North West RNLI in school holiday safety plea as youth rescue figures revealed
The RNLI in the North West is calling for families to be extra cautious if visiting the area's beaches, as the latest statistics reveal the North West is a hotspot for those under the age of 18 requiring the RNLI's help.
Stark figures released by the RNLI today reveal lifeguards on the North West’s beaches assisted 2,314 children and 2,007 teenagers last summer – more casualties under the age of 18 than anywhere else in the UK and Ireland, including the popular South West coast. Most of those offered help on the RNLI’s lifeguarded beaches in Sefton and the Wirral were simply out enjoying a walk and not expecting to even get their feet wet.
A total of 1,530 teenagers (aged 13-19) were assisted whilst out enjoying a stroll and 1,522 children (aged 1-12). This figure is markedly higher than anywhere else in the UK and Ireland. Those rescued in the walking category is significantly higher than all other activities including paddling where 23 children and 19 teens were rescued, with 62 children and 31 teens assisted by lifeguards whilst playing on the coast.
Now, with the school holidays approaching, the charity and Her Majesty’s (HM) Coastguard are calling for families to take extra care at the coast.
Huddersfield mum Zoe Powell was enjoying a visit to Crosby beach with her family when son Monty, who was then 13, required help from RNLI lifeguards after becoming stuck in mud. She said:
‘Children are naturally inquisitive and looking for the next adventure, so the figures about the number of Under 18s rescued in the North West are not too surprising. Monty jumped off one of the outflow pipes into soft mud and quickly became stuck. One minute we were walking, the next he couldn't move and had mud up to his knees. It can happen so very quickly and a simple day out can take a very unexpected turn.
‘Luckily the two brilliant RNLI lifeguards who were on patrol saw the situation and came to help really quickly. I can imagine this summer will be exceptionally busy once the schools break and more people choosing to holiday in the UK. I’m really keen to share our family story to encourage others to just be that extra bit careful on the coast this summer.’
Crosby beach is a two and a half mile wide expanse of sand, mostly backed by promenade, with a one-mile tidal range. Many visitors come to see the popular Antony Gormley sculptures, which can be partially or totally submerged depending on the state of tide.
Crosby is the only RNLI beach to be lifeguarded 365 days a year and is not the only location where tidal cut off is a common occurrence. Local search and rescue agencies continue to see a rise in incidents to people cut off by the tide and stuck in mud and requiring help from the RNLI on Wirral and in the wider Merseyside area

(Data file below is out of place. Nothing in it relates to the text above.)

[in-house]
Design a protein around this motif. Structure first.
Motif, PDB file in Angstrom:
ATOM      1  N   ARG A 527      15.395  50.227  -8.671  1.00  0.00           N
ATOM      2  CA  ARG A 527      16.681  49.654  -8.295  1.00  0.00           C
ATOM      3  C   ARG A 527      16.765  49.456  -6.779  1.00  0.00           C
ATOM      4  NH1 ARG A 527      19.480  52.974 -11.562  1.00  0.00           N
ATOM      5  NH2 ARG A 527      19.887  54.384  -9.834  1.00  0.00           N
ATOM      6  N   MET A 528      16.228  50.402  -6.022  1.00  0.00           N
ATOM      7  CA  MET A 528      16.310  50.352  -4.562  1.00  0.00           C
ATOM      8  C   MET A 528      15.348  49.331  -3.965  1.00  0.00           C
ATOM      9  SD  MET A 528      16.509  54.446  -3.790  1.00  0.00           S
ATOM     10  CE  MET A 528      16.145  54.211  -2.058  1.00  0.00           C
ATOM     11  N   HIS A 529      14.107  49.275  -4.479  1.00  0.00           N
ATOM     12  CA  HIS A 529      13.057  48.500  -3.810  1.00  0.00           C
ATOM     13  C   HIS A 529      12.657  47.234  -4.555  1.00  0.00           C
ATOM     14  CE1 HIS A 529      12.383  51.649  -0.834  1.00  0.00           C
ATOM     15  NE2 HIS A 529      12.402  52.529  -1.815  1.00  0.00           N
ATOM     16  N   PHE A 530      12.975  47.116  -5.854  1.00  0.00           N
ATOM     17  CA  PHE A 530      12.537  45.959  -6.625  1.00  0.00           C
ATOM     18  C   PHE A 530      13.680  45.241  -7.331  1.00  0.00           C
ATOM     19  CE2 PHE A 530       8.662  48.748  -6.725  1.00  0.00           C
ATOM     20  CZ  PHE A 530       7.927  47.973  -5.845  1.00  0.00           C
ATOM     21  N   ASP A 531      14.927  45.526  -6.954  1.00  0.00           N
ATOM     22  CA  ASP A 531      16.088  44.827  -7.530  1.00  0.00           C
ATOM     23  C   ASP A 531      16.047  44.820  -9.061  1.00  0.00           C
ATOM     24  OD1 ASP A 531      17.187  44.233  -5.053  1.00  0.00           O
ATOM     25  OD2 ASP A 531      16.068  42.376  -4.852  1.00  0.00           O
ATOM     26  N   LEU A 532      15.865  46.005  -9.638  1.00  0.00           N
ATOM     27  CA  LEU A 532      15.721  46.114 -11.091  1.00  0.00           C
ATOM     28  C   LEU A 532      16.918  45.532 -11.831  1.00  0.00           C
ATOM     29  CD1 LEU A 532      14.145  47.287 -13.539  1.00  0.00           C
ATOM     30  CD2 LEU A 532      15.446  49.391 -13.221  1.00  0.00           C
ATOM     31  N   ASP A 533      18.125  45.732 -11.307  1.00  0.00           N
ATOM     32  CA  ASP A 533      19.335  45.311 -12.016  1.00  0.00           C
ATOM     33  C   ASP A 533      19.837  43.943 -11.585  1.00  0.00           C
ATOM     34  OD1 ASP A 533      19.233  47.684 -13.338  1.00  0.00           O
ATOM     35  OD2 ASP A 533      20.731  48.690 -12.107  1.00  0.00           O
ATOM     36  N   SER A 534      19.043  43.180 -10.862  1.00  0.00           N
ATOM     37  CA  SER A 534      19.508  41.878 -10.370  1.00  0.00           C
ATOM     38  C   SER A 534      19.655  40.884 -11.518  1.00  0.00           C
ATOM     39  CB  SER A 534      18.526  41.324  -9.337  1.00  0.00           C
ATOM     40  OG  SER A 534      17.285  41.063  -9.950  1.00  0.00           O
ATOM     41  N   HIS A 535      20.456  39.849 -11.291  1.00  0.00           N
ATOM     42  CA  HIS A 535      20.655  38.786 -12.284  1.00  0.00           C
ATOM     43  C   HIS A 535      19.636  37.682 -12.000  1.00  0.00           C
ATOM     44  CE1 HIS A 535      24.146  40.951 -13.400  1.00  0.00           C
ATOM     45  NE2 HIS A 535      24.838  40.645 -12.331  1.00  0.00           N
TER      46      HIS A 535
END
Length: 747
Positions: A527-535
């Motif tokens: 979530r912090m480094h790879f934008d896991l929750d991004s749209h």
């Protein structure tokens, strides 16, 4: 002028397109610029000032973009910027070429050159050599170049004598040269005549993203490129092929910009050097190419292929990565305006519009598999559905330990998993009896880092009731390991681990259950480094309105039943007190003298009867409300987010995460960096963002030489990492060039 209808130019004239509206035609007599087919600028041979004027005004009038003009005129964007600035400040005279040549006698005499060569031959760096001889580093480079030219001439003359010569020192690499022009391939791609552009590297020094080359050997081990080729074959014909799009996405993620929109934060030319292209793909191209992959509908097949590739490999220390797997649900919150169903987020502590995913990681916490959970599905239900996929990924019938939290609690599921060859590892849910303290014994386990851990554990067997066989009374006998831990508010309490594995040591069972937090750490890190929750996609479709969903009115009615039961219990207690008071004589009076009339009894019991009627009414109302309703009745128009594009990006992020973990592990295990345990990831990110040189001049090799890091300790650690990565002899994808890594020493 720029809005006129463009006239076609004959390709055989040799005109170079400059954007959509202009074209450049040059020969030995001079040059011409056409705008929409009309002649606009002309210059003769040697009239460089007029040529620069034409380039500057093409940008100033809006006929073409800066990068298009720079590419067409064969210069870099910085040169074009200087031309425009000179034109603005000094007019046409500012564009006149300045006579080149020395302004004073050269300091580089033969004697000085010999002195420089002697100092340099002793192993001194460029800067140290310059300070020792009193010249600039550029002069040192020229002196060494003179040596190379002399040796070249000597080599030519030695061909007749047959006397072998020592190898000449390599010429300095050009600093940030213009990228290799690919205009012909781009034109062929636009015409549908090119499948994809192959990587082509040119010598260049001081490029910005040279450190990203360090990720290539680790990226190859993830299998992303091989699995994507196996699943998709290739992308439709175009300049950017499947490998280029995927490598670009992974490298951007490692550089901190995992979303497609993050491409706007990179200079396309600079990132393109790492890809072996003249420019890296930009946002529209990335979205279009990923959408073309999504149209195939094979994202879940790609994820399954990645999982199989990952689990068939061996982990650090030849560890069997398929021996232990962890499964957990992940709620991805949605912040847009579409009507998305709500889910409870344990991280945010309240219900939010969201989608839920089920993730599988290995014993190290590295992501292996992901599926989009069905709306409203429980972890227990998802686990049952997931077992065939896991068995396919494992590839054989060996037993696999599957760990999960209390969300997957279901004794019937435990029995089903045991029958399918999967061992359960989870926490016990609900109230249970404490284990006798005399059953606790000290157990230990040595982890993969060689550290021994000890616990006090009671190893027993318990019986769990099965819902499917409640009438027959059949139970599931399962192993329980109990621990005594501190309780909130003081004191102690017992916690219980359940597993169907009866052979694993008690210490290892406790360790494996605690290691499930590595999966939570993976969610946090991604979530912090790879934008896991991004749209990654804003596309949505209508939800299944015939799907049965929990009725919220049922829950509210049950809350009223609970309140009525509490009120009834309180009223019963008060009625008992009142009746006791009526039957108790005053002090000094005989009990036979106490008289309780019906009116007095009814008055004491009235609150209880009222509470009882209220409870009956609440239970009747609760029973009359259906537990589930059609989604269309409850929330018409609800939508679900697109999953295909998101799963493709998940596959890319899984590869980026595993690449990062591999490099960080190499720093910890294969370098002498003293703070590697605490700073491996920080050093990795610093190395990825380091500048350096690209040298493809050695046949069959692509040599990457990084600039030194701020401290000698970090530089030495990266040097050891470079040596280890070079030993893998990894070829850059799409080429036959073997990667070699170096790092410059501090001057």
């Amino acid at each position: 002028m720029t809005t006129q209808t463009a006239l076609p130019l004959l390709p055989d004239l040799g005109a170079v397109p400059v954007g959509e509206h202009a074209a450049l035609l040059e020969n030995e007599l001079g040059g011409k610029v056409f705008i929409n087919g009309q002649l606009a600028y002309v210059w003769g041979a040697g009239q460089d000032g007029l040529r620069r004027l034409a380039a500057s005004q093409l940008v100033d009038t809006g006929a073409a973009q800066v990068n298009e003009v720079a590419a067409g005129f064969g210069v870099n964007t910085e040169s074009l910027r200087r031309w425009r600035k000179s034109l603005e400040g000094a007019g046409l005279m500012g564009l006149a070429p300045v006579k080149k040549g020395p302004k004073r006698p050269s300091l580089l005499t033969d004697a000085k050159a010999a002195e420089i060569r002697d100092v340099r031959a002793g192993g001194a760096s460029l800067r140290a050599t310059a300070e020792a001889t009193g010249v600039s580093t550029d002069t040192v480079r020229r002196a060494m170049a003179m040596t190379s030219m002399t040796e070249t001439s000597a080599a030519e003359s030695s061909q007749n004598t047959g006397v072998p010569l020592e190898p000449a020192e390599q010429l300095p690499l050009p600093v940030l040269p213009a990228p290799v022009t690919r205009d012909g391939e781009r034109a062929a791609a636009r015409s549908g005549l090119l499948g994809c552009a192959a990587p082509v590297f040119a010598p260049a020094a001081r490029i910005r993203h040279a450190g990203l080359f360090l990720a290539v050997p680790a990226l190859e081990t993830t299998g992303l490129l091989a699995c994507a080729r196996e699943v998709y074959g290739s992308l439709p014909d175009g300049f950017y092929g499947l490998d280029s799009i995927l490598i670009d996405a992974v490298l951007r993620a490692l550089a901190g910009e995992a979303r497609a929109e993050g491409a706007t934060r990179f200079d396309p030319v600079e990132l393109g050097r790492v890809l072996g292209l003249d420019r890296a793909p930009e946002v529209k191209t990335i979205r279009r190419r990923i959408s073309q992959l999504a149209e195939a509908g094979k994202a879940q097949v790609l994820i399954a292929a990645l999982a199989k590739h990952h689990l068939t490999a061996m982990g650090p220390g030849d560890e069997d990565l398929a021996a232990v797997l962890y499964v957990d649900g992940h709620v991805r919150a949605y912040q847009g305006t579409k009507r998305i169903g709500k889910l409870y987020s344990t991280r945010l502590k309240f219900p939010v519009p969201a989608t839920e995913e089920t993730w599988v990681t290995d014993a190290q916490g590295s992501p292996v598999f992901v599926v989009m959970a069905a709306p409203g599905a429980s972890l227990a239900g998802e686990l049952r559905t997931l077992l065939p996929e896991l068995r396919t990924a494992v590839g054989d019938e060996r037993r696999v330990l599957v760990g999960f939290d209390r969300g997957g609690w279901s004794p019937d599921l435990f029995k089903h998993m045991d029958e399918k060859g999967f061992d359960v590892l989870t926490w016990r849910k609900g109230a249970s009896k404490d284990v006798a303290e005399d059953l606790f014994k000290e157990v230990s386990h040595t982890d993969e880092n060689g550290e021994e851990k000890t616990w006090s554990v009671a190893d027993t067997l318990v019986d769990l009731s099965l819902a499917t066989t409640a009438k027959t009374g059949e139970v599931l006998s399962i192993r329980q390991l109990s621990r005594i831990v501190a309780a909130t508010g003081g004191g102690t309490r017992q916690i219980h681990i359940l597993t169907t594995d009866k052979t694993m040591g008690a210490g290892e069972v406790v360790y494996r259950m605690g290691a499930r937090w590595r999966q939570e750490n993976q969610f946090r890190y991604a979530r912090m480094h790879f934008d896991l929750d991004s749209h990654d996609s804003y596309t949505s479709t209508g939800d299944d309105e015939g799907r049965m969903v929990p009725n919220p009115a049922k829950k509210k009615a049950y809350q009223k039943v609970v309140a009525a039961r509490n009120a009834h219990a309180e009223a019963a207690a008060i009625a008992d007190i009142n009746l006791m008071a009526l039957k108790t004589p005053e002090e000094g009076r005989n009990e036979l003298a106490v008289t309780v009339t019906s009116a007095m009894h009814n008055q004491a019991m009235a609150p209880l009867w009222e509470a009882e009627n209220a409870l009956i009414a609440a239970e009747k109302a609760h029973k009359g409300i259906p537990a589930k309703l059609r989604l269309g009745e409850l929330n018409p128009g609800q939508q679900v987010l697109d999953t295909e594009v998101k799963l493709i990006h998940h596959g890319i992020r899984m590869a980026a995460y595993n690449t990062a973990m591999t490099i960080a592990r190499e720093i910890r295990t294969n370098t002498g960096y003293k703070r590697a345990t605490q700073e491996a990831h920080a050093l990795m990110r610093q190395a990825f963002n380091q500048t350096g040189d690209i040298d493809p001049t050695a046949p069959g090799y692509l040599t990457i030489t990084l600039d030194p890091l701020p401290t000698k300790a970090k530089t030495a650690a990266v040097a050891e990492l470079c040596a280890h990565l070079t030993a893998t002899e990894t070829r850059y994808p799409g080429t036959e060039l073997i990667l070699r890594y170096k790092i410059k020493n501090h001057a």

RNLI statistics for the West region which includes the North West, show people enjoying a walk and getting cut off by the tide caused almost 10% of all RNLI lifeboat launches over the last decade - more than double the UK average.
With school children in England breaking up this week and joining those from Wales, Scotland and Northern Ireland already on their summer holidays, the RNLI and Coastguard are reminding them and their families how to stay as safe as possible when in and around the sea.
RNLI Water Safety Lead Chris Cousens says:
'We see a big increase in the number of incidents involving children and teenagers during the school summer holidays and we would urge everyone – but families in particular – to be aware of the risks and know what to do in an emergency.
‘Our main advice is to visit a lifeguarded beach and swim between the red and yellow flags. RNLI lifeguards will be patrolling around 245 beaches this summer to offer advice on how to stay safe and they are also there to help anyone who gets into trouble.
‘We want people to enjoy the coast but urge everyone to respect the water, think about their own safety and know what to do in an emergency.’
The key summer safety advice is:
· Visit a lifeguarded beach & swim between the red and yellow flags
· If you get into trouble Float to Live – lie on your back and relax, resisting the urge to thrash about
· Call 999 in an emergency and ask for the Coastguard
The RNLI and HM Coastguard have launched a new animated children’s tv advert to help reinforce the beach safety message. The advert can be downloaded here: https://source.rnli.org.uk/share/308432B0-D5A7-43D7-B0E9EDB9B653257A/
Notes to editors:
· In 2020, RNLI lifeguards saved a total of 110 lives, aided 25,172 people - including 1,908 involving bodyboards and 348 with inflatables – responded to 10,687 incidents and made more than 2.2M preventative actions
· 2021 is the 20th anniversary of the RNLI’s lifeguard service
· The RNLI also operates 238 lifeboat stations around the coasts of the UK, Ireland and the Channel Islands.
· To support the RNLI’s lifesavers, go to: RNLI.org/GoDonate
For more information, please contact RNLI Regional Media Manager Danielle Rush on 07786 668829 email@example.com or RNLI National Media Manager Andy Rose on 07976 523794 or email firstname.lastname@example.org Alternatively, contact the press office on 01202 336789 or email@example.com
Key facts about the RNLI
The RNLI charity saves lives at sea. Its volunteers provide a 24-hour search and rescue service around the United Kingdom and Republic of Ireland coasts. The RNLI operates over 238 lifeboat stations in the UK and Ireland and, in a normal year, more than 240 lifeguard units on beaches around the UK and Channel Islands. The RNLI is independent of Coastguard and government and depends on voluntary donations and legacies to maintain its rescue service. Since the RNLI was founded in 1824, its lifeboat crews and lifeguards have saved over 142,700 lives.